The US has rapidly increased its oil imports from Russia, with a total of 13 tankers carrying five million barrels of crude and oil products arriving in the first half of May amid dropping Venezuelan crude production due to Washington's sanctions, Bloomberg reported, citing Caracas Capital Markets managing partner Russ Dallen. The latter described Russia's crude export as being "on steroids", stating that the import of Russian oil by American refineries is set to triple.
The news agency noted that total US oil imports in February 2019 were estimated at over 16 million barrels, while a year ago it stood at 20 million barrels. Over the course of 2017, the US imported 1.5 million barrels of oil from Russia, with the number growing the following year, amounting to 7.5 million barrels.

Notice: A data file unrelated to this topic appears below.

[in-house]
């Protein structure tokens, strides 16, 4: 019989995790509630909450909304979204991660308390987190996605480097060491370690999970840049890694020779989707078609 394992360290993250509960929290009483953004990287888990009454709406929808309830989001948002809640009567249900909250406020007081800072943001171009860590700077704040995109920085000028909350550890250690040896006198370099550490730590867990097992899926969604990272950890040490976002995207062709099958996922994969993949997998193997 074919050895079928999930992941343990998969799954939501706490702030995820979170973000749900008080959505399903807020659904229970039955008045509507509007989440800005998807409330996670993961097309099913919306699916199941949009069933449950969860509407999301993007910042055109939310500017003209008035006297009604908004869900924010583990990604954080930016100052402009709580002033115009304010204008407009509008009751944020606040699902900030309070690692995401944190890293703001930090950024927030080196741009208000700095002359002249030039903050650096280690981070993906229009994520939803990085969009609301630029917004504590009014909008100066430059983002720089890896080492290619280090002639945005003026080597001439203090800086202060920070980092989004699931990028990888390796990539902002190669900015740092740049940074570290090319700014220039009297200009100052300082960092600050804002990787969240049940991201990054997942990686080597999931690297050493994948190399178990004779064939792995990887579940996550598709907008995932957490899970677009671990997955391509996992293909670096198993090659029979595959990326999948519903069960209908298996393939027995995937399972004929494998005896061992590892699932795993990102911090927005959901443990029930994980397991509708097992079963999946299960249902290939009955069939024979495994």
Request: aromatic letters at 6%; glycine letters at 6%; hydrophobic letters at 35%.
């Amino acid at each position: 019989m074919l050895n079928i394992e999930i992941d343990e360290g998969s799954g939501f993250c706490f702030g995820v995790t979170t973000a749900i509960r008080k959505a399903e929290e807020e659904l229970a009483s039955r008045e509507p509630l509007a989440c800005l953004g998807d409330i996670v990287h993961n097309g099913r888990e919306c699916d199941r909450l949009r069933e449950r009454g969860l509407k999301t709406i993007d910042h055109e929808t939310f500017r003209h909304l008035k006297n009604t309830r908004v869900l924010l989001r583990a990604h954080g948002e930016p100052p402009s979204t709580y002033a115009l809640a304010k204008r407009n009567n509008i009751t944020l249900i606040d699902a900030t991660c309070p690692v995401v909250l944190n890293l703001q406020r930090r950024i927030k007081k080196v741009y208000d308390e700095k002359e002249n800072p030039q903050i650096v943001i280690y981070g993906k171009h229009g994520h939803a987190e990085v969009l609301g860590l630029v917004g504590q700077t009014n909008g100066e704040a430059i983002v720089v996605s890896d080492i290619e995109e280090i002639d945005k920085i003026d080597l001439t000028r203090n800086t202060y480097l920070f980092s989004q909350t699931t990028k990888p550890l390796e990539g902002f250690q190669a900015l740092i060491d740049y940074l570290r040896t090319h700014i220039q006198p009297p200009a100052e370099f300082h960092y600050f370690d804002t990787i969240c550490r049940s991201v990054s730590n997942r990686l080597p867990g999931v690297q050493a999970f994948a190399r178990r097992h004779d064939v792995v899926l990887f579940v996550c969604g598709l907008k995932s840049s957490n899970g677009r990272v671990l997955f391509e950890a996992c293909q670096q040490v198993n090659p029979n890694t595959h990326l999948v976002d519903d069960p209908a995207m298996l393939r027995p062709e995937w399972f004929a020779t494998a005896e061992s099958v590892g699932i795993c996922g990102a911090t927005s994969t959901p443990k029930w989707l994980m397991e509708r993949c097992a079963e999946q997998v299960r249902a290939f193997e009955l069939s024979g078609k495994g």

Washington's sanctions have impacted Venezuelan oil exports, but haven't crippled them completely. The decline in Venezuela's oil exports, along with production cuts by OPEC+ countries, has led to a rise in oil prices. The US claims that the sanctions were imposed in order to force elected President Nicolas Maduro, who is struggling to lead his country out of a political crisis amid economic problems, to resign.
The White House has also imposed sanctions against Russian oil producers, cutting them off from US-made equipment and some foreign investment, claiming that Moscow was behind the Ukrainian crisis in 2014 and meddled in the 2016 US presidential elections. Russia has denied all the accusations, pointing to a lack of evidence.
The US also plans to impose sanctions against Russia's major Nord Stream 2 gas project in Europe in a bid to persuade the EU to switch to other energy sources, such as American liquefied natural gas (LNG).